The Number One Predictor of Happiness is Autonomy

Surprised it’s not money, love, or success?

The number one predictor of happiness isn’t money, success, beauty, fame, or sex (see: Lindsay Lohan). No, the number one predictor of happiness is less glamorous but decidedly more intrinsic to the human spirit: autonomy. The feeling that you have control over your destiny, that the decisions you make not only affect your life but define it.

growing body of research indicates that rather than study total happiness, we need to consider emotional well-being daily. These within-person fluctuations in emotional well-being may be understood in terms of the degree to which three basic needs—autonomy, competence, and relatedness—are satisfied in daily activity. Meaning, while your happiness will indeed fluctuate, satisfying your need for autonomy today will help boost your overall emotional well-being.

“Autonomous” Millenials 

One of the oft-reported challenges facing the boomerang millennial generation—those who move back in with their parents after college—is a lack of autonomy. But actually ask the millenials how they feel, and 45% of millenials perceive themselves happier than other generations. Perhaps this is because the millennial perception of autonomy differs from that of their parents: that choosing to avoid soul-sucking careers just for a paycheck puts them in control; that choosing to live at home allows them the freedom to pursue artistic and altruistic occupations they wouldn’t otherwise be able to afford.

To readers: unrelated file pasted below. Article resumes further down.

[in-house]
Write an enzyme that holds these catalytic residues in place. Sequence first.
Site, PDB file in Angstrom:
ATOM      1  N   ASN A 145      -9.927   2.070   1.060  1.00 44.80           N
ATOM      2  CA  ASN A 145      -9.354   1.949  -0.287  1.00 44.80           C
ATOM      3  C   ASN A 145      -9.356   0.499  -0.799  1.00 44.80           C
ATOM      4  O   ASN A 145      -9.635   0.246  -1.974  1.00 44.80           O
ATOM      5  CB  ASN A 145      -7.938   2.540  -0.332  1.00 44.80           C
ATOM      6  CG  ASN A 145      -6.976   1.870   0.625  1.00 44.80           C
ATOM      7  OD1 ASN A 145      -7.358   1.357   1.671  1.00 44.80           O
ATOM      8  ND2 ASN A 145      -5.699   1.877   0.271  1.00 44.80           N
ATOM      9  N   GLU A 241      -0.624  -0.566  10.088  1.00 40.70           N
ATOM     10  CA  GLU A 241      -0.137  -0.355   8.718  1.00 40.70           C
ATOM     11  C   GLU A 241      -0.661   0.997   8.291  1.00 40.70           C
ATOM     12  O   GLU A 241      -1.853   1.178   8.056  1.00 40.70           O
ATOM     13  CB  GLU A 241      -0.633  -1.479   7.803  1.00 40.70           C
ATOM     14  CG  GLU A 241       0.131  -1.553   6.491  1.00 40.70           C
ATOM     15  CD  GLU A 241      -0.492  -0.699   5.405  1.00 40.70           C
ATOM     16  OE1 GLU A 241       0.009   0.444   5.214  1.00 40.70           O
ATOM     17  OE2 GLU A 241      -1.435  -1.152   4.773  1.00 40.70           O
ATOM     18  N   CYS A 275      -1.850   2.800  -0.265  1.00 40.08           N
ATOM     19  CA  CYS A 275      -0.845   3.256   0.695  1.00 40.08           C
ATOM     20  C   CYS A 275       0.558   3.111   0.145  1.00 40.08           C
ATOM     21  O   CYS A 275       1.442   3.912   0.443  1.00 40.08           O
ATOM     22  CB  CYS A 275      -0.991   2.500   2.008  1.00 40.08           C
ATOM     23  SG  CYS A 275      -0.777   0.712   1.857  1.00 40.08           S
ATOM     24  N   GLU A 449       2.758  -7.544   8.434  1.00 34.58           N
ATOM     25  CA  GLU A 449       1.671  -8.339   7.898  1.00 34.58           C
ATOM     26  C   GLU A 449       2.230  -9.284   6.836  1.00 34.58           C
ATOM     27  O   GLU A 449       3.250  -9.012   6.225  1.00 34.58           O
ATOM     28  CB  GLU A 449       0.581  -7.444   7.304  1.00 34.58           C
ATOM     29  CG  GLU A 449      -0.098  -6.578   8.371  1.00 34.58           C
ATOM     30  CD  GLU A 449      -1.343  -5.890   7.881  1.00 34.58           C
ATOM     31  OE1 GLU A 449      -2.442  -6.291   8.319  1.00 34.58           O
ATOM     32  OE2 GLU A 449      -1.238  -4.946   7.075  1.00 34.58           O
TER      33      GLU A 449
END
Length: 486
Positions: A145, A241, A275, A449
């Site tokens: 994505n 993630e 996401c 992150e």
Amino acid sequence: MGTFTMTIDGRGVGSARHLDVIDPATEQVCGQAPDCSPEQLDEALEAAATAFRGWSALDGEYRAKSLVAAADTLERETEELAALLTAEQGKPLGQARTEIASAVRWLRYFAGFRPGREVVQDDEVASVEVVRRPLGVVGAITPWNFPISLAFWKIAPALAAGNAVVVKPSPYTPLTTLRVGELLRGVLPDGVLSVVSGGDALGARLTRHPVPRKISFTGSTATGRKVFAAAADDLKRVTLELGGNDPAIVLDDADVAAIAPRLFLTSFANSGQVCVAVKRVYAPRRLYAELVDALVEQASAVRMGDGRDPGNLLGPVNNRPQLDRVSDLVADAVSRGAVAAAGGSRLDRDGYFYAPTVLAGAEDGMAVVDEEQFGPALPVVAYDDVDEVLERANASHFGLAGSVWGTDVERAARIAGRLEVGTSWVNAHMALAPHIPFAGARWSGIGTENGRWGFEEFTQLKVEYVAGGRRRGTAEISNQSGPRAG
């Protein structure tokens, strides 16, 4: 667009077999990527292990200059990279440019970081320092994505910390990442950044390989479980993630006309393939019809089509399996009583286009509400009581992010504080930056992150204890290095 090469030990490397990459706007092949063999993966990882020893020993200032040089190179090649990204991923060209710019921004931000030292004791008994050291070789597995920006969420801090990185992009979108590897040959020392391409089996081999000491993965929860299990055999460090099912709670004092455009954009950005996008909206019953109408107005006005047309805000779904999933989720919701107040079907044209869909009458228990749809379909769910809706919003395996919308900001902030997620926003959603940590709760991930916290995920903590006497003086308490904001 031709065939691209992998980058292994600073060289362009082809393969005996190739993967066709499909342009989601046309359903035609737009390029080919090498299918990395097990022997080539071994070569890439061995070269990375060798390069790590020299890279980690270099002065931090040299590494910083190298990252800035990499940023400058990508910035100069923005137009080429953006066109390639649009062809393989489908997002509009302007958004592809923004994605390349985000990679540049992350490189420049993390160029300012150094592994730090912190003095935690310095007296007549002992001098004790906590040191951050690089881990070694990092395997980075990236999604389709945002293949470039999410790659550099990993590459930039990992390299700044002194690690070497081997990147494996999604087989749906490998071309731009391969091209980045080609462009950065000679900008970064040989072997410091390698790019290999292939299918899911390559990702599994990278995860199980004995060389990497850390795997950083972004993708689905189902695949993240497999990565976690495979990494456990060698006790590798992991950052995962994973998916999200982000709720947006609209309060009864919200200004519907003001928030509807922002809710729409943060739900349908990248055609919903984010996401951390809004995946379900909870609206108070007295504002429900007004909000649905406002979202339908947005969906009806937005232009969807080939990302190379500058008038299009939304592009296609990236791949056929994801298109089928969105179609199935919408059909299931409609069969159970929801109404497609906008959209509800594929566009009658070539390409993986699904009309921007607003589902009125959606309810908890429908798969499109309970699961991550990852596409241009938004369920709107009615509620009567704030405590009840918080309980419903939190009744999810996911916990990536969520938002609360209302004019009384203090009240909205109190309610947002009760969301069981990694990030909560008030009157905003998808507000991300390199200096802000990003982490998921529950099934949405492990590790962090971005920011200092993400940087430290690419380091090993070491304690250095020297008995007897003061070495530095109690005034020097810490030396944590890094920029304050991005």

More so than any other generation, millenials have been taught that they can do anything—and they’ve taken it to heart, boomers note with chagrin. Over half of millenials report wanting to be self-employed. It is that sense that they can do anything has led to one of the happiest generations in recent history, because they see their actions as choices, the outcome being that they are in control.

It’s About Defining Your Own Life

Think back to your first apartment, your first pet, or your first job. You probably recall it with fondness, even if the actual studio-with-mold, iguana, or burger-slinging-gig was miserable. The reason? It gave you a sense of freedom, a sense of control, and a sense that you were making your life what you wanted it to be. Have you made any choices or decisions today that affirm your autonomy?

Image: Some rights reserved by Toms Bauģis

Category: Psych

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